Pete Van Wieren, 69: He was Braves through and through

Long-time Atlanta Braves broadcaster Pete Van Wieren left behind more than a legacy.

From winning the Georgia Sportscaster of the Year Award more than a handful of times to writing a cleverly-titled book, there is no question Van Wieren had an impressive career, which his wife of 50 years, Elaine Van Wieren, of Johns Creek, said he loved every bit of it.

“When Ernie (Johnson) hired him he told me, I remember when we came here, he said ‘I’ve got the job that I’ve always dreamed about’ and he said ‘I’m going to turn everything else over to you,’” she said. “And he did so that he could devote himself to that.”

She said the Rochester, N.Y. native who attended Cornell especially loved the 1991 season, the year they went from “worst to first.”

“He would even say that that season was so much fun,” she said.

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She said he turned down more than one opportunity to go somewhere else because he was Braves to the core, because he, Johnson and Skip Caray were a team and because he had an enormous amount of respect for Ted Turner.

His oldest son Jon Van Wieren of Atlanta said his father respected anyone who did his job well.

“That’s from a bartender to another broadcaster to a CEO,” he said. “It didn’t matter, if you did your job well and worked hard, he respected you.”

Pete Van Wieren, 69, of Johns Creek, died Saturday of complications from lymphoma. A memorial service is planned for Saturday at 11 a.m. at Roswell Funeral Home, which handled cremation arrangements.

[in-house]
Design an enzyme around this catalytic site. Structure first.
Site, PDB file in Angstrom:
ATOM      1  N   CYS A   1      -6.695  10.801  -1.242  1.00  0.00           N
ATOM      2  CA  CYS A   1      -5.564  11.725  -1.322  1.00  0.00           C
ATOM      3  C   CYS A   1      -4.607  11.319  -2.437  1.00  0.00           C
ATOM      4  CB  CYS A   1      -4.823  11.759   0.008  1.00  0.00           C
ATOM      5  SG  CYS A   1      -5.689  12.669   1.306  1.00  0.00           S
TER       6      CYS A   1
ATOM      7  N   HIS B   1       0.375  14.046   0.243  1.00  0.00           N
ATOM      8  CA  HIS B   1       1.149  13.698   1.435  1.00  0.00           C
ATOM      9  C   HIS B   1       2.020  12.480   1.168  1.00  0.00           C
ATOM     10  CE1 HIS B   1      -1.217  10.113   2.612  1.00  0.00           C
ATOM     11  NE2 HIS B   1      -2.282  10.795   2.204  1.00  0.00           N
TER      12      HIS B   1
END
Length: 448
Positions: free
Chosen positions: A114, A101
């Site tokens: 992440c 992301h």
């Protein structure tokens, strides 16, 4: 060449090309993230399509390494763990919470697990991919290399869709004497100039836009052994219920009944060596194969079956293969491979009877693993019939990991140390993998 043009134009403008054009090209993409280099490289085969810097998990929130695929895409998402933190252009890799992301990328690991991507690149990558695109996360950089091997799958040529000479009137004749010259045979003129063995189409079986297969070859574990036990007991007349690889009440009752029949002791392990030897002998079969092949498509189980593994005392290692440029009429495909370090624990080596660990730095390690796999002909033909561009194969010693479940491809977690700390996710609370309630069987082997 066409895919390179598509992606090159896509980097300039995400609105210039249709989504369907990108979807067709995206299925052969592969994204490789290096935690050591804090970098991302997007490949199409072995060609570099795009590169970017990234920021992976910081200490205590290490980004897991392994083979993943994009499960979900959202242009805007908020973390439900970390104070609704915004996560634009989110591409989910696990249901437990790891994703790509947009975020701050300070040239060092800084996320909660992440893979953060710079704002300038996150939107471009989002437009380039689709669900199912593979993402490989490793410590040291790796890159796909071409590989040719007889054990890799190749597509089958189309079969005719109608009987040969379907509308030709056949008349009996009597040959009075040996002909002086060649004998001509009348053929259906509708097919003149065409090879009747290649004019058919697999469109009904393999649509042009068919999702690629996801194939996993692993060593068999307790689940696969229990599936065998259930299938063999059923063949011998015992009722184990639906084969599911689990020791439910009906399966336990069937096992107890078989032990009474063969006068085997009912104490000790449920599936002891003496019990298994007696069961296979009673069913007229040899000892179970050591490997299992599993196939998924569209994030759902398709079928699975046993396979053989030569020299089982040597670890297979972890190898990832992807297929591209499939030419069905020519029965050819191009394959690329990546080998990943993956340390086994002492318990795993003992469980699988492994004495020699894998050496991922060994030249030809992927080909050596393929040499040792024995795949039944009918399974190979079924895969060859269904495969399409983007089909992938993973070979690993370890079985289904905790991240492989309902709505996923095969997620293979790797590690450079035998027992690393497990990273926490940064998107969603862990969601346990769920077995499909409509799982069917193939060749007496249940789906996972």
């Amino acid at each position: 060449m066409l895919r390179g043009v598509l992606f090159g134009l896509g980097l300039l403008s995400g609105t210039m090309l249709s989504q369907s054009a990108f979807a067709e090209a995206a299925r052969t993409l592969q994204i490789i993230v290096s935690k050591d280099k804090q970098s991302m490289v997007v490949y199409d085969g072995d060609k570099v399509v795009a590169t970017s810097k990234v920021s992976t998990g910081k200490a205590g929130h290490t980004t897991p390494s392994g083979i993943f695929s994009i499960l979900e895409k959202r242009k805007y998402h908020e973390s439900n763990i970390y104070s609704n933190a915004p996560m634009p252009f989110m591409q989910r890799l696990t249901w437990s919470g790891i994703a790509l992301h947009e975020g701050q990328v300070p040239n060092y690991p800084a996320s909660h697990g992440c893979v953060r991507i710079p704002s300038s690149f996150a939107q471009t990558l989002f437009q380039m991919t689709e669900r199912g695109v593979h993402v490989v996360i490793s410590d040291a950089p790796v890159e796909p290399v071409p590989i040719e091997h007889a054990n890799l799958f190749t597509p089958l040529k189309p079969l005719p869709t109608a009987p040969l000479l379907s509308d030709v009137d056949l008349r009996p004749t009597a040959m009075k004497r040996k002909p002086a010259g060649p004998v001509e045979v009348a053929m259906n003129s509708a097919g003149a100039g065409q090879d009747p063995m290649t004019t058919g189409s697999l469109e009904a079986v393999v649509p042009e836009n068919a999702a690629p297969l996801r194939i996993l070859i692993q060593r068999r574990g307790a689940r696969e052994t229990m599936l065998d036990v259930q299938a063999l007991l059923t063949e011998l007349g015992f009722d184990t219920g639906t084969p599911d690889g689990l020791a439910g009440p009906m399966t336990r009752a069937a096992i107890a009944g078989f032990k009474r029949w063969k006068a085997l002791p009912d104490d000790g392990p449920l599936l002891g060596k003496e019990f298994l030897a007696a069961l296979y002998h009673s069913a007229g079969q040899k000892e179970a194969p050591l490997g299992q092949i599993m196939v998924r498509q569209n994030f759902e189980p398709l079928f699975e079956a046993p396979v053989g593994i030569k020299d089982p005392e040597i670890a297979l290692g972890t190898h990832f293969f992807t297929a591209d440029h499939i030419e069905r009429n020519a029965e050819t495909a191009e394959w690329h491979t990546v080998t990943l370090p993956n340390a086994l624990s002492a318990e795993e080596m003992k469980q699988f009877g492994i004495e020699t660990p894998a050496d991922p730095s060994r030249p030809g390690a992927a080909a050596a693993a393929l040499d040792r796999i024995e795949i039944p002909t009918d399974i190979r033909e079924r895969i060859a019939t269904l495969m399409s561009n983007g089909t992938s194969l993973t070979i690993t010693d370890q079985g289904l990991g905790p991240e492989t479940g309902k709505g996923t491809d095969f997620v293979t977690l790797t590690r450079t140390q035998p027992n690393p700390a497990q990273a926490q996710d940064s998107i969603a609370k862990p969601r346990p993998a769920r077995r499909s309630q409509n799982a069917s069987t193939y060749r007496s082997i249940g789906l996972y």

“I don’t think maybe a lot of people would know about his impressive reading,” Elaine Van Wieren said noting the two rooms full of material he never got around to reading. “(And) if you were playing trivial pursuit you would want Pete on your team.”

She said “The Professor” was an avid poker player with a deep love for Jeopardy.

“It turned out people think that it’s The Professor because he is so smart and because of his very strong work ethic but really Ernie gave him that name because he looked like somebody that Ernie knew,” she said of the popular nickname. “I just found that out too.”

She said Pete Van Wieren, of all of his life’s accomplishments, was proudest of his family, especially his three granddaughters.

He was a frequent spectator at his 13-year-old granddaughter Grace’s traveling league soccer team games, and had a close connection with his eldest granddaughter 16-year-old Chaney. Elaine Van Wieren said he also loved to play with his youngest grandchild, 5-year-old Becca.

“We had our 50th wedding anniversary and we took the whole family to Atlantis in the Bahamas and that was in June,” she said. “We had a great time.”

Jon Van Wieren said he remembers when he was young accompanying his dad on trips across the country.

“He took me to Cooperstown to the baseball hall of fame. It was amazing,” he said with a laugh. “He knew so much about so many of the players that I sort of got the grand tour with the inside scoop.”

In addition to his wife, son and three granddaughters, Pete Van Wieren is survived by his son, Steve Van Wieren of Cumming and Steve’s wife, Starla, who was like a daughter to him.

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